Google: If you don’t want us to track your phone – just get another tracking ID!

Online & Mobile tracking
 /  13 May 2020
Phone google

Today filed a formal GDPR complaint against Google for tracking users through an “Android Advertising ID” without a valid legal basis. The data collected with this unique tracking ID is passed on to countless third parties in the advertising ecosystem. The user has no real control over it: Google does not allow to delete an ID, just to create a new one.

Buy a phone, get a tracker: Every time you buy a new Android phone and happily turn it on for the first time, Google places a unique tracking ID on your phone. Just like a “digital license plate” the tracking ID allows Google and countless third-parties to surveil users.

In essence, you buy a new Android phone, but by adding a tracking ID they ship you a tracking device.” - Stefano Rossetti, privacy lawyer at

EU Law requires user choice. Under GDPR, the strict European privacy law, users must consent to being tracked. Google does not collect valid “opt-in” consent before generating the tracking ID, but seems to generate these IDs without user consent.

Google: Choice between tracking or more tracking. Google claims that users can control the processing of their data, but when put to the test Android does not allow deleting the tracking ID. It only allows users to generate a new tracking ID to replace the existing one. This neither deletes the data that was collected before, nor stops tracking going forward.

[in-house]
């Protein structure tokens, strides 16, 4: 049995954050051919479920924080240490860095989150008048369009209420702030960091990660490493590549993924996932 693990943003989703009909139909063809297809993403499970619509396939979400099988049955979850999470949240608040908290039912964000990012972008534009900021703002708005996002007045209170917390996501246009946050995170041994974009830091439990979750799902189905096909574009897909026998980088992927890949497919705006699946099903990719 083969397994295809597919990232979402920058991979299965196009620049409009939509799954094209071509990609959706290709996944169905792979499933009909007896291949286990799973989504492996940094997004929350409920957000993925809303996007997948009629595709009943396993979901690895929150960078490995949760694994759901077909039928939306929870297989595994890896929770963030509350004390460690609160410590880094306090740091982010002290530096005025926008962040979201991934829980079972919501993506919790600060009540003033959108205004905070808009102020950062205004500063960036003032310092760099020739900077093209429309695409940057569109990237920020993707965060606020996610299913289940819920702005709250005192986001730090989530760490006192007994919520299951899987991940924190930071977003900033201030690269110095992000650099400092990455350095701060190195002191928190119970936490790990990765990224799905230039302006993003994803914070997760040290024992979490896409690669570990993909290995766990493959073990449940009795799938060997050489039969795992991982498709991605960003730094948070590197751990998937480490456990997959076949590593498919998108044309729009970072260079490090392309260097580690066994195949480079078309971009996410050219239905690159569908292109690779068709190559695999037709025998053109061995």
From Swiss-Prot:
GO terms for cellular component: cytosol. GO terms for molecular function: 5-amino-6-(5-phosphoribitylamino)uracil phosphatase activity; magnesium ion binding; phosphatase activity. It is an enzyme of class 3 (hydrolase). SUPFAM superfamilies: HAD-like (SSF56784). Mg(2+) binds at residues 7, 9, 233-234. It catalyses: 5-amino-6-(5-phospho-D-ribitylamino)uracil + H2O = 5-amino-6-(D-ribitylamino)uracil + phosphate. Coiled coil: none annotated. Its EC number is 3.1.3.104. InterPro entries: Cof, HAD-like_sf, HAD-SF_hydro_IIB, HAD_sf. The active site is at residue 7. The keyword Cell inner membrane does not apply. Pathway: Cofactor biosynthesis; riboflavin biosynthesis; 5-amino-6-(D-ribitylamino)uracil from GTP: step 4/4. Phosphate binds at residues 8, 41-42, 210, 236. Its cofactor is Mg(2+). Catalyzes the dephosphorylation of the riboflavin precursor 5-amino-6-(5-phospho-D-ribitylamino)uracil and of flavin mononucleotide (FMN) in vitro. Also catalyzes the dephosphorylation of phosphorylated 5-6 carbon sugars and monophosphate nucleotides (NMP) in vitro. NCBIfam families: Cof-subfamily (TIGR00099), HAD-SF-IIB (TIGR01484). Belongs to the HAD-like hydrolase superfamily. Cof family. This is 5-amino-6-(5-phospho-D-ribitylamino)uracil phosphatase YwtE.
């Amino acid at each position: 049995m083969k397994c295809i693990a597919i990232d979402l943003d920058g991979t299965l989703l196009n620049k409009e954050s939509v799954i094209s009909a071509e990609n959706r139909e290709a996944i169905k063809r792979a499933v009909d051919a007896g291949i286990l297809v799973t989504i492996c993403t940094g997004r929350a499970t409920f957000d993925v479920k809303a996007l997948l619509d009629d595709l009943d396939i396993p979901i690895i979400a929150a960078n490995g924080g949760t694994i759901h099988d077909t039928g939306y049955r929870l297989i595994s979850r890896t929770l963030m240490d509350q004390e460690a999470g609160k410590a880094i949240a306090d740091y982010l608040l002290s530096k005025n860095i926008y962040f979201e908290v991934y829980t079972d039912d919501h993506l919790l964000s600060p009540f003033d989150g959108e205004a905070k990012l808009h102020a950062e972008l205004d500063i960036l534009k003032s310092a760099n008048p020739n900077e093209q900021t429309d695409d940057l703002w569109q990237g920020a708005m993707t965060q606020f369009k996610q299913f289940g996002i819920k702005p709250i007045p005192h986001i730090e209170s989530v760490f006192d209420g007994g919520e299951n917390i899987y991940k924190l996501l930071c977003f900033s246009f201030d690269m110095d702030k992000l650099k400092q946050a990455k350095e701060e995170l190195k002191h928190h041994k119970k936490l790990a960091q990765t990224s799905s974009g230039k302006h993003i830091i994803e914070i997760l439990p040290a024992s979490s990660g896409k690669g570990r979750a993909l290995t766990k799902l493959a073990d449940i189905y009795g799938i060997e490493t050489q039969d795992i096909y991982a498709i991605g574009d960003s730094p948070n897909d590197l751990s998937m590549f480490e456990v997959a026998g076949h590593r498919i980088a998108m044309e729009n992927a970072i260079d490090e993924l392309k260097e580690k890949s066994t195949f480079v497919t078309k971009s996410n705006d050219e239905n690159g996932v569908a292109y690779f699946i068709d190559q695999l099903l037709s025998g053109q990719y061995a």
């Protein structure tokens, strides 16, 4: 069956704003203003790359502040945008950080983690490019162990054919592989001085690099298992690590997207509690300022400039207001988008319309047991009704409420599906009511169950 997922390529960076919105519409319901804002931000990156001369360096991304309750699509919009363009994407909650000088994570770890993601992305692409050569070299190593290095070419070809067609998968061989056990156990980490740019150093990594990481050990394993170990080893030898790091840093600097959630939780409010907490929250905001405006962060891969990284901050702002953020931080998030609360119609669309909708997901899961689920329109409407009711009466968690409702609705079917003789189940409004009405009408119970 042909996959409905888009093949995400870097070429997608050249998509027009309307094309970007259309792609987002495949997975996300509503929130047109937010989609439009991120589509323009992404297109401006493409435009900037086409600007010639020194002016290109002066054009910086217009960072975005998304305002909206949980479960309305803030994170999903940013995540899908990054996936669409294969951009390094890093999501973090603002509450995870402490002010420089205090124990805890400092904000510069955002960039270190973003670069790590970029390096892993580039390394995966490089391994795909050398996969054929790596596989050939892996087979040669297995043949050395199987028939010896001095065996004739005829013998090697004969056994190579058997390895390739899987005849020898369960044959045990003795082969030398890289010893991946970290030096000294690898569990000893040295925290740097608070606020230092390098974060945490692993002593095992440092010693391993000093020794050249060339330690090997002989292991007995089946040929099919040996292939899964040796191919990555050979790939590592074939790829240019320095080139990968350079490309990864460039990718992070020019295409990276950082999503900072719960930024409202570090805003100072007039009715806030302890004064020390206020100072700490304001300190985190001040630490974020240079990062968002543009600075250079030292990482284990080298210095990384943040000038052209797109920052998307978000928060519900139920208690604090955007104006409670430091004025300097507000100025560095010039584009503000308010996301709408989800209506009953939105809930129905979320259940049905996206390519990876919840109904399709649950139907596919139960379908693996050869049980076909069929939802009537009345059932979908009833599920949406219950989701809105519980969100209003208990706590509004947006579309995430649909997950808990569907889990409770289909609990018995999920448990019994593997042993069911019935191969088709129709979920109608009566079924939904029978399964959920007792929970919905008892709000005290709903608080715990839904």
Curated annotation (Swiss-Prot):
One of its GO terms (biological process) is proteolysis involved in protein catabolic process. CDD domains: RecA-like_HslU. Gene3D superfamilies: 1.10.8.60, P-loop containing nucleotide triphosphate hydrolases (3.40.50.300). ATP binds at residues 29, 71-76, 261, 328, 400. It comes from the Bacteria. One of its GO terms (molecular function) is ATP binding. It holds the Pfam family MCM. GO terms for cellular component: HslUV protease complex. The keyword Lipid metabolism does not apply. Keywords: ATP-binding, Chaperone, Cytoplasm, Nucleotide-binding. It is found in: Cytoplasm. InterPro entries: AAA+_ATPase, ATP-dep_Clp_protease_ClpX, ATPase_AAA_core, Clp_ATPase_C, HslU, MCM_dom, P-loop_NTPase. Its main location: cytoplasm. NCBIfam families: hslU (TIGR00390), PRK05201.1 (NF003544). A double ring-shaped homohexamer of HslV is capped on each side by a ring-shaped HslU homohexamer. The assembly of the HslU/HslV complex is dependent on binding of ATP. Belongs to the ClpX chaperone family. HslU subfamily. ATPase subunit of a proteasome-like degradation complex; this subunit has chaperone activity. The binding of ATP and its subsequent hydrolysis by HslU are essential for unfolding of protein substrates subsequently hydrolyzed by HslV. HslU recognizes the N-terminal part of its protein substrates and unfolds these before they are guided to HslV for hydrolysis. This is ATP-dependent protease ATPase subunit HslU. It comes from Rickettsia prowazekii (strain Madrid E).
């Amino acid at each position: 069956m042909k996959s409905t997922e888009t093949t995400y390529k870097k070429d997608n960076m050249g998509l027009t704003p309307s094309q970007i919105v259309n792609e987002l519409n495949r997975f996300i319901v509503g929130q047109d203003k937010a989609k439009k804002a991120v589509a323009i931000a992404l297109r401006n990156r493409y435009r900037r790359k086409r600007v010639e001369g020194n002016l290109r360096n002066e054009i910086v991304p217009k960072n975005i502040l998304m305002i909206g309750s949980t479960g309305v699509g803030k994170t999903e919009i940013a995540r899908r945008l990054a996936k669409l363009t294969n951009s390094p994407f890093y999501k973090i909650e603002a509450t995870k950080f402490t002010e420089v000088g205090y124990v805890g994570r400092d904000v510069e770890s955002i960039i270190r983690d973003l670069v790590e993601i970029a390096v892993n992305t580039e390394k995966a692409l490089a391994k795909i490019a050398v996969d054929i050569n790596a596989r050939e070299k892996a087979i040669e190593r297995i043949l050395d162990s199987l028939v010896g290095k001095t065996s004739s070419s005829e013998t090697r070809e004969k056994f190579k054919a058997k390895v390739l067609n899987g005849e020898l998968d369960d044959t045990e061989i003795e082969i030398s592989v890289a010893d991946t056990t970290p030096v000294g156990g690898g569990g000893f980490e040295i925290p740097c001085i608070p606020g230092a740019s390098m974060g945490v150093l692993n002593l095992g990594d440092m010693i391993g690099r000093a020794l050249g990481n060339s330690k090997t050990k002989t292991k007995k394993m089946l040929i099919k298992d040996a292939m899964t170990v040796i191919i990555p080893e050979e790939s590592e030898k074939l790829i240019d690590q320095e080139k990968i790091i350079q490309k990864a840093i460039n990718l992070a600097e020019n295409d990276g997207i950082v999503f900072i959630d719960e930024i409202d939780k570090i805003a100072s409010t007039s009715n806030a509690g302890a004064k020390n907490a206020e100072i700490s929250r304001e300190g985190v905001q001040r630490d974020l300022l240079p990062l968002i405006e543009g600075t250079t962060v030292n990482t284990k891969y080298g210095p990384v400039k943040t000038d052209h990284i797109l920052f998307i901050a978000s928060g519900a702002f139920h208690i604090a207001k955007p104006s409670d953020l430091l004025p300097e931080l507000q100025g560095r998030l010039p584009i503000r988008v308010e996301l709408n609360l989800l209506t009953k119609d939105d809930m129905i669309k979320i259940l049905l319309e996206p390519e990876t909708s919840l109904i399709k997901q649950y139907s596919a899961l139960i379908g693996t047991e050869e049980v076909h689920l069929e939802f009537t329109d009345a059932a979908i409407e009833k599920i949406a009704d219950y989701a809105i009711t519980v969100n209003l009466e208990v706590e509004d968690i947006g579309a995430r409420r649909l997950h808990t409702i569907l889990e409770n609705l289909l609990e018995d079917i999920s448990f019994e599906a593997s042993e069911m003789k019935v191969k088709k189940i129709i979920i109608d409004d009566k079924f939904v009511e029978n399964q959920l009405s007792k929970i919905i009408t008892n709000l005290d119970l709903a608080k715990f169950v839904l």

It is grotesque: Google claims that if you want them to stop tracking you, you have to agree to new tracking. It is like cancelling a contract only under the condition that you sign a new one. Google´s system seems to structurally deny the exercise of users´ rights.” - Stefano Rossetti, privacy lawyer at

Complaint filed. The formal legal complaint was filed on behalf of an Austrian citizen with the Austrian Data Protection Authority (DPA) and is partially based on the reportOut of control” by Norwegian Consumer Council. The Austrian DPA may involve other European DPAs in the case. Under the GDPR the authorities can fine Google up 4% of the global turnover, which amounts to up to € 5 Billion.